How to Install WordPress 4.9 On Ubuntu 16.10/16.04 Using LAMP Stack

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Aaron Kili

Aaron Kili is a Linux and F.O.S.S enthusiast, an upcoming Linux SysAdmin, web developer, and currently a content creator for TecMint who loves working with computers and strongly believes in sharing knowledge.

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150 Responses

  1. Brendan Garnham says:

    Thank you! Easy, painless install on Ubuntu Mate 17.04 using this tutorial. The only additional step I needed to take was renaming the original Apache index.html page so that I would be directed to index.php by default.

  2. Mero says:

    Thank you Aaron!

    Great job easy installation and no problems.

    Just had a small one with the mysql creating user and granting privileges.

  3. Andrew M says:

    One item that I found needs to be added into this is after creating the database, it helps to do a :

    USE ; otherwise, MySQL doesn’t always change the database focus – this is particularly relevant if the password is wanting to be changed for the internal MySQL account.

  4. Charity says:

    Thanks for all your help. I was able to follow along on my up to date Linux Mint box up to the final steps of restarting the web server and mySQL:

    $ sudo systemctl restart apache2.service 
    $ sudo systemctl restart mysql.service 

    When I enter that, I always get the same error message:
    command not found

    I have rebooted, but I still encounter the same problem. When I go to localhost, I still only get the Apache2 Ubuntu Default Page, not WordPress.

    Second, for the step just above it, the config stage, I used the define DB_NAME, DB_USER and DB_PASSWORD from the actual online install of my site, although I presume at the fresh starting point it does not make much difference since the DB that will be used locally will be, well, local, and can have its own name, user and pw. So my question is this. Are we putting this info in there so that when WordPress does start up and go to create the DB, it uses that info provided?

    Thanks so much for all your help and info!

  5. Pascal LACROIX says:

    Very nice and useful tutorial, hats off to you !!!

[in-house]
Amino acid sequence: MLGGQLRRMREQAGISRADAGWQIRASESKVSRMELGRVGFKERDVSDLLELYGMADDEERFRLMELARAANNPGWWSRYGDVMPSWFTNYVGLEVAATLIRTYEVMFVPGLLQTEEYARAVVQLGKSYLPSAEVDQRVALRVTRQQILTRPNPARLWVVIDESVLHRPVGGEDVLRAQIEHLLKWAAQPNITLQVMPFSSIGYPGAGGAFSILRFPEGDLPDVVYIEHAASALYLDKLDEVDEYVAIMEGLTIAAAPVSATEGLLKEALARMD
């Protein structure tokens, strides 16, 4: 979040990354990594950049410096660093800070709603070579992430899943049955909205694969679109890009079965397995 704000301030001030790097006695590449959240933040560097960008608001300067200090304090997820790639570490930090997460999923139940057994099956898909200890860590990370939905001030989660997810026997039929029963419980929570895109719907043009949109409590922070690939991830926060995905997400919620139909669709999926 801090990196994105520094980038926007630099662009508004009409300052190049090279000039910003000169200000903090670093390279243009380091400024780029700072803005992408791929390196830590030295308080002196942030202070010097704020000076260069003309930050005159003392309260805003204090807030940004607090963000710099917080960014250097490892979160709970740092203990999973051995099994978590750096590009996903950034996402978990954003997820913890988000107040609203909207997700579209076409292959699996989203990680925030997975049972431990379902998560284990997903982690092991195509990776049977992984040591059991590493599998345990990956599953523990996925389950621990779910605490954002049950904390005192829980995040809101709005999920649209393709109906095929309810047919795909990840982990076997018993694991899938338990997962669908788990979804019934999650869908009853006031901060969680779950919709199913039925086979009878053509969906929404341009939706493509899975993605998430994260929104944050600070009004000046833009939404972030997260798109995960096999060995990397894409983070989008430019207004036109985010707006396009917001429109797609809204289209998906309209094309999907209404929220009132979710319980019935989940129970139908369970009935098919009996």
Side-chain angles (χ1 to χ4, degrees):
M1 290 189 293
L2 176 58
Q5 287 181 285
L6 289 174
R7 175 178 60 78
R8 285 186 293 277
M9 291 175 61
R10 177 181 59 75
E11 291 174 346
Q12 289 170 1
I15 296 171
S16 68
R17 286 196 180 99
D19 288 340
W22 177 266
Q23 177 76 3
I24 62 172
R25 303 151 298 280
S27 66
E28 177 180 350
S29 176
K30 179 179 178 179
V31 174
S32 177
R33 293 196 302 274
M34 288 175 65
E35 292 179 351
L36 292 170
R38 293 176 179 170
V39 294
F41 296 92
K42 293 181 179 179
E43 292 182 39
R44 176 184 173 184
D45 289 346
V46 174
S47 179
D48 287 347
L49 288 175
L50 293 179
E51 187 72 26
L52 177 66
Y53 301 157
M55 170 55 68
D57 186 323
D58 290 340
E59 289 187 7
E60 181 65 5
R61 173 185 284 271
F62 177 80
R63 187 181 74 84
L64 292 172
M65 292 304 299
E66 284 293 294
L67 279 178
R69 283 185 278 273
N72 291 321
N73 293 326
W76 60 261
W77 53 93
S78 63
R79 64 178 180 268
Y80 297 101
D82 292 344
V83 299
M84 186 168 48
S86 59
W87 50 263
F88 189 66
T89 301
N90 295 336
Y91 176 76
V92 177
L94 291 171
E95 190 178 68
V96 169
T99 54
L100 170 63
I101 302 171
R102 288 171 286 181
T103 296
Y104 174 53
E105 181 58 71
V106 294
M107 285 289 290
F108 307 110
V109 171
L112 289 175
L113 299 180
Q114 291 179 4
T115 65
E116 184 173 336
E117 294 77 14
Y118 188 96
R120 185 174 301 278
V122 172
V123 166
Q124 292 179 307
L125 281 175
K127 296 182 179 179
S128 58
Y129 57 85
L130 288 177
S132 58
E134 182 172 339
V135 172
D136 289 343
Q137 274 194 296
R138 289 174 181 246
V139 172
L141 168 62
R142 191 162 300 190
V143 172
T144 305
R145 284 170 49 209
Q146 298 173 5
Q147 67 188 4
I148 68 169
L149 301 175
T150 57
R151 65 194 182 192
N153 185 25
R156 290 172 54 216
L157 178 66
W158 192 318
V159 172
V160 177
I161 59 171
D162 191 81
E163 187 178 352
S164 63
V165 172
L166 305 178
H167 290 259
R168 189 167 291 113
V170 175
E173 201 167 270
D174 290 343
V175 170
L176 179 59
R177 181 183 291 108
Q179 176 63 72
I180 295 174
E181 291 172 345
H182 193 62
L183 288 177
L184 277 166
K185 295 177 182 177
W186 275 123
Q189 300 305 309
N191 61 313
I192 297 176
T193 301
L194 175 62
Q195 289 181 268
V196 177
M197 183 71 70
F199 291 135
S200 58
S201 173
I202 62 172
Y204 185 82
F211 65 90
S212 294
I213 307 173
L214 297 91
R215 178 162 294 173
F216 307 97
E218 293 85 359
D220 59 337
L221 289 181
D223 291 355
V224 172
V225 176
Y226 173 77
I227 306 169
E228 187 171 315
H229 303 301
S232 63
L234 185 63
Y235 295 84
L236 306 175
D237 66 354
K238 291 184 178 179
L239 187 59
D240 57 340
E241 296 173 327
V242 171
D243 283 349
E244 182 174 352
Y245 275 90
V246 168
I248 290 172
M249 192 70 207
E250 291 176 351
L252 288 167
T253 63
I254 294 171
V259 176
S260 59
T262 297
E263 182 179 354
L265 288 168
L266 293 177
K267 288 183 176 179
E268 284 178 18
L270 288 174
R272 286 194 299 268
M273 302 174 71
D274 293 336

6. amin says:

    Great article specially code + photo it helps a lot thanks..

  7. nick says:

    Thanks for this awesome guide, it helped a ton! I had a problem trying to connect to WP server after installing everything and editing my wp-config.php file. After a while of trouble shooting I realized the build file required the presence of the wp-config-sample.php file. I changed the name back to that ( so basically I ignored the $ sudo mv wp-config-sample.php wp-config.php ) and it came out fine.

  8. Isaac Abrahamson says:

    I am new to Linux and WordPress, this helped me out a lot! Should the user create unique authentication keys and salts for this?

    • Aaron Kili says:


      Not really, you can use the same credentials(username and password) for logging into the system here, or else create a new user for the database; hope that is what you meant.

      Many thanks for the feedback.

  9. Gibbs says:

    I love the conciseness of it. I’ve been working with *nix for years now and it’s great to have a simple article with clear commands; without any bloated discussion of why they should be run. I love that the lines don’t have a LF at the end so I can paste in without it executing. Keep it up!

    • Aaron Kili says:


      Hope you enjoyed reading it. We always intend to keep our articles simple, direct but with a lot of details to help a Linux user(especially with high consideration of newbies). Thanks a ton for the kind words of appreciation.

  10. Jérôme says:

    Very useful tutorial, totally hassle-free. Thanks a lot !

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